Roasted Peppers Stuffed W/ Quinoa & Vegetables

Healthy Recipes, Meatless Monday

Serves: 2-4
Prep & Cooking Time: 70 mins (*Dependent upon skill and/or the number of kitchen helpers!)
Type: Main Meal
Tools: Non-stick pot, sieve, chopping board, sharp knife, measuring jug, frying pan(s), frying spatula, heat-proof dish.

Notes: This recipe contains: Vitamin A, B-Vitamins, Vitamins C, E & K, protein, carbohydrates, fibre, calcium, iron, magnesium, potassium, zinc and (per serving) is low in saturated fats!

This is a great recipe, if we do say so ourselves. It allows you to have all of the lovely roasted bell pepper taste without the calories; there’s no greasy fillings either! These stuffed peppers are crammed full of delicious flavours and textures, making them satisfying right up until the last bite! It’s the perfect meal for right now too as it’s currently so cool and damp here in the UK!

Happy cooking everyone! 🙂



+++++++++++++++100g      Dried Quinoa
+++++++++++++++4             Large Bell Peppers (red, yellow or orange/ approx. 680g)
+++++++++++++++70g        Frozen Spinach
+++++++++++++++180g       Red Onion
++++++++++++++  4g           Garlic Clove
+++++++++++++++80g        White Mushrooms
+++++++++++++++80g         Carrot
+++++++++++++++68g         Cherry Tomatoes
+++++++++++++++16g          Fresh Flat Leaf Parsley
+++++++++++++++4g            Fresh Dill
+++++++++++++++16g           Fresh Basil
+++++++++++++++250ml     Vegetable Stock (low-sodium, DF/ GF if required)
+++++++++++++++5ml          Olive Oil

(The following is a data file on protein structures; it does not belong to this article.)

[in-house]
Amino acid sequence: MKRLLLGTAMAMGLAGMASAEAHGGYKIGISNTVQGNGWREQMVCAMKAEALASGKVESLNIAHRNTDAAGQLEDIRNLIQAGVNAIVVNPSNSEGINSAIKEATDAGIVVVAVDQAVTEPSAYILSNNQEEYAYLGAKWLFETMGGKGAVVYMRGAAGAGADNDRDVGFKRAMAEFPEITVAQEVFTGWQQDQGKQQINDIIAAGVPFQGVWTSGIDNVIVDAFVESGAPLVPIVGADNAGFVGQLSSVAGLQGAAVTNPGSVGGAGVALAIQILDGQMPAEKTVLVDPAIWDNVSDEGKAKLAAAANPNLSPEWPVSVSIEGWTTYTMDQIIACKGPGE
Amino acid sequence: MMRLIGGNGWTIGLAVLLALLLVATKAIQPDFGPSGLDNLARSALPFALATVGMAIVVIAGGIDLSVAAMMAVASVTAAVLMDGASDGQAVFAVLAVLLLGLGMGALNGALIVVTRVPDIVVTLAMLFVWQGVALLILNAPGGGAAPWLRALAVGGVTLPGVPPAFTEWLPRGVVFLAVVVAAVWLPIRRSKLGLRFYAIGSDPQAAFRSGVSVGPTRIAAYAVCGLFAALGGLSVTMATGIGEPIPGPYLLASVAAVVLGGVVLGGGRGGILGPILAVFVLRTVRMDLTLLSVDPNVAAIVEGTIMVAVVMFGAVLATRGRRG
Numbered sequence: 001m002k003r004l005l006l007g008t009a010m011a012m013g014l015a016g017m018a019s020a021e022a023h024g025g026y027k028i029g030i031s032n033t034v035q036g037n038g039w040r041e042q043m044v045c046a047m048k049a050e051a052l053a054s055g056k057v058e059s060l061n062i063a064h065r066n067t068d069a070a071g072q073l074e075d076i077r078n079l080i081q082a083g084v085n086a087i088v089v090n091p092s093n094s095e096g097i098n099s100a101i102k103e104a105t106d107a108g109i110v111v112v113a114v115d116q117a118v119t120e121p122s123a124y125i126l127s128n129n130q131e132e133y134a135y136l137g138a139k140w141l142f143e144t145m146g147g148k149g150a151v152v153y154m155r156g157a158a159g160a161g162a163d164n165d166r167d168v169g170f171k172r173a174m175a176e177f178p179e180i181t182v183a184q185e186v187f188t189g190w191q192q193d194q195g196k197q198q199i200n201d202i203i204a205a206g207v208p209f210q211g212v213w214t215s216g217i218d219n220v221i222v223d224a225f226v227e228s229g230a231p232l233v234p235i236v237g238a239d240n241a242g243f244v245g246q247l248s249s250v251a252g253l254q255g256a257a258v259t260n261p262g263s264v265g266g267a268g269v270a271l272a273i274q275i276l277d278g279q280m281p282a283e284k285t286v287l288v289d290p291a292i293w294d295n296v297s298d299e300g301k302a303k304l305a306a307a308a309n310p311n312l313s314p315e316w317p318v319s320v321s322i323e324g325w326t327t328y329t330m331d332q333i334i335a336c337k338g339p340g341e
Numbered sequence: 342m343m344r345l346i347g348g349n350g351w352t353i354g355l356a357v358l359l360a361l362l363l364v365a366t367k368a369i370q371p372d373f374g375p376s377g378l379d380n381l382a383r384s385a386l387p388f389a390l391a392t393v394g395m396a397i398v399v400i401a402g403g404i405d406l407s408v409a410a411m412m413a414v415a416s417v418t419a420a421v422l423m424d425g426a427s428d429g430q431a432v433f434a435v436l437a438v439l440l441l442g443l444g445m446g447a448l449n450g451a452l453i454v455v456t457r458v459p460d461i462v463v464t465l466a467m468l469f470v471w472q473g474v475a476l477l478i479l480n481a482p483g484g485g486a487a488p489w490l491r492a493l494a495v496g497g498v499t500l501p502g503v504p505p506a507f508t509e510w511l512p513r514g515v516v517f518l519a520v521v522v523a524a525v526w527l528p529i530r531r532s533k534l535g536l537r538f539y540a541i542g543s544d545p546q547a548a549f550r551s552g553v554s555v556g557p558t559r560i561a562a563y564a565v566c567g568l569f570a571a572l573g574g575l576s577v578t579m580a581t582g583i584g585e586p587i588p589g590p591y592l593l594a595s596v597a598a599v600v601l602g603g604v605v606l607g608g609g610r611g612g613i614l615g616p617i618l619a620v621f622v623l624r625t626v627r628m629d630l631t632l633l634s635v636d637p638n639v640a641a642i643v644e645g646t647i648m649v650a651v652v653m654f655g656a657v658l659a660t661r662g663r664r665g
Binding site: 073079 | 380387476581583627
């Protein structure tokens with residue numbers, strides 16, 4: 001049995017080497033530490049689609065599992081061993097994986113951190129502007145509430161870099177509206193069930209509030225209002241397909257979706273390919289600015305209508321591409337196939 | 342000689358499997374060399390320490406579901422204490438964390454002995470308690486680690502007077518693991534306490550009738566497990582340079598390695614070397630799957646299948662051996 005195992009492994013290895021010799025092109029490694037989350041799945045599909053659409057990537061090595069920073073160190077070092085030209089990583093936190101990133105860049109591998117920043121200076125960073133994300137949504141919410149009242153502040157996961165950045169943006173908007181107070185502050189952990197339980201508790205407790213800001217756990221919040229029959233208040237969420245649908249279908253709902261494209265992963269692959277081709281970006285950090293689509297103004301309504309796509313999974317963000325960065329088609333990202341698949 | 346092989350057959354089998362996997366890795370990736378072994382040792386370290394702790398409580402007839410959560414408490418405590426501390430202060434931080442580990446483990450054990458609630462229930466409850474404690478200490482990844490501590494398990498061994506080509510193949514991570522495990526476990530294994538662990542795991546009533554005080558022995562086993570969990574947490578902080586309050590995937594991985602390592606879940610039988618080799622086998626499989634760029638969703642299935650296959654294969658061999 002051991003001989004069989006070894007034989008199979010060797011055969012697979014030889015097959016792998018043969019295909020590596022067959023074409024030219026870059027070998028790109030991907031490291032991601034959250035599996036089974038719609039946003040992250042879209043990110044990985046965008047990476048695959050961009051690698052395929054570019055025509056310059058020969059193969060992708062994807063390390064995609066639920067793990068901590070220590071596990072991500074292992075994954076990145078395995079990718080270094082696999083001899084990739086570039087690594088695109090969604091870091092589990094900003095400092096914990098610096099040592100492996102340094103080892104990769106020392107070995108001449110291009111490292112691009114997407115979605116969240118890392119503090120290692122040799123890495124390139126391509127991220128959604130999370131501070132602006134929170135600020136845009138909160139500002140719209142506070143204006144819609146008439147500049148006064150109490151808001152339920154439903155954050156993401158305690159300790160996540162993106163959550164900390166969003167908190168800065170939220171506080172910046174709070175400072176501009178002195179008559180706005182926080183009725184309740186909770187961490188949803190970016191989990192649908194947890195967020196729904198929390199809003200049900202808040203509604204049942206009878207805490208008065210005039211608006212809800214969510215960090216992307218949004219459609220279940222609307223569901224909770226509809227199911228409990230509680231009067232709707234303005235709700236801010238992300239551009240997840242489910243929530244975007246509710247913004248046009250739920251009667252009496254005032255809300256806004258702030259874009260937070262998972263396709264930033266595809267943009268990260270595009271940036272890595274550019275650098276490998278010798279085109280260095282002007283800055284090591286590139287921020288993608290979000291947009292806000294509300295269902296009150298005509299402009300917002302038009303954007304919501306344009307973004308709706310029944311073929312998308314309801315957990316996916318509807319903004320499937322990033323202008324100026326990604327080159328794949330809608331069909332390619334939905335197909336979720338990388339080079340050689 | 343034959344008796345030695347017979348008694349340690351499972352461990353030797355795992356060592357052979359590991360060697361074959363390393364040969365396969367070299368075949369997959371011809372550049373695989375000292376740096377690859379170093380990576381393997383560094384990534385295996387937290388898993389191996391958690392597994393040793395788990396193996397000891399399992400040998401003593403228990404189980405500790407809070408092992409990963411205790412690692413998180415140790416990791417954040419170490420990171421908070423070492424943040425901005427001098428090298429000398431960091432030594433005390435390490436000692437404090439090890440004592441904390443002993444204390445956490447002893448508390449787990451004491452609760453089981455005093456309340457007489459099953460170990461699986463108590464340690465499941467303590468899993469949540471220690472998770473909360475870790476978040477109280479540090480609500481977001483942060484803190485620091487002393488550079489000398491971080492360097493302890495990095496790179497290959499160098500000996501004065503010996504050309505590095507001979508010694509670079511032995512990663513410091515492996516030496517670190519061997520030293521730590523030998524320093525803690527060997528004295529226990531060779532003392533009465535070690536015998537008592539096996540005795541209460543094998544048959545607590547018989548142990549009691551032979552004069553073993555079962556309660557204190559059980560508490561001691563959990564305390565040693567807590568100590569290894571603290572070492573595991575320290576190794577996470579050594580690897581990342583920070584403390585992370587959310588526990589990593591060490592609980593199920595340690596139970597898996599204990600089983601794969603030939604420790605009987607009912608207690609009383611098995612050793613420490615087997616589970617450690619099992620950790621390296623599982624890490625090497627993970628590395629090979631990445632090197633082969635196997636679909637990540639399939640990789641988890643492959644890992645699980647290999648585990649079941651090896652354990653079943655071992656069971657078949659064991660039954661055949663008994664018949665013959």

+++++++++++++++10g           Cashew Nuts
+++++++++++++++10g           Pine Nuts
+++++++++++++++3g             Dried Thyme
+++++++++++++++20g          Dried Cranberries
+++++++++++++++                 Salt and Ground Black Pepper

Need an easy-print recipe? Print here. 🙂




Rinse the quinoa in a sieve under cold water and then and cook it according to the packet instructions; remove from the heat. NB: We cooked ours for 15 mins and then allowed it to rest for an additional 10 mins off the heat (with the lid on!).



In the meantime, prepare the vegetables and stock.

  • Place the spinach into a small microwavable bowl. Microwave on a defrost setting for about 4-6 mins, or until defrosted/wilted. Drain in a sieve. Tip: If using fresh spinach, wash it in a colander and gently wilt it by pouring a little freshly boiled water over it. Drain.
  • Peel and finely chop the onion the garlic.
  • Wash, pat dry and then roughly chop the mushrooms.
  • Wash, trim the ends, peel and then finely grate the carrot. Wash, remove the stems and then dice the tomatoes.
  • Wash, dry and then finely chop the parsley, dill and basil; if preferred, discard any larger stems.
  • Boil 250ml in a kettle. Prepare the vegetable stock in a large measuring jug.



  • Meanwhile, place the ‘pepper bases’ onto a microwavable plate. Microwave for 6 mins or until just softened. Tip: This will shave you 30 mins off your cooking time! Remove and place them into a heat-proof dish.
  • Place the pepper tops onto a plate. Microwave  for about 3 mins. Once the peppers have cooled, lightly rub the outside of the tops and bottoms with the oil.



Heat the oven to 200°C/400°F. In the meantime ‘steam-fry’ your veggies!

  •  Place a non-stick frying pan or wok over a medium-low heat. Once hot, add the stock a little at a time to ‘steam-fry’ the vegetables. Add the onion and the garlic first. Cover with a lid and gently fry for 1-2 mins. Tip: Stir and add a little more stock occasionally to prevent the vegetables from sticking; continue with this tip as you add more vegetables.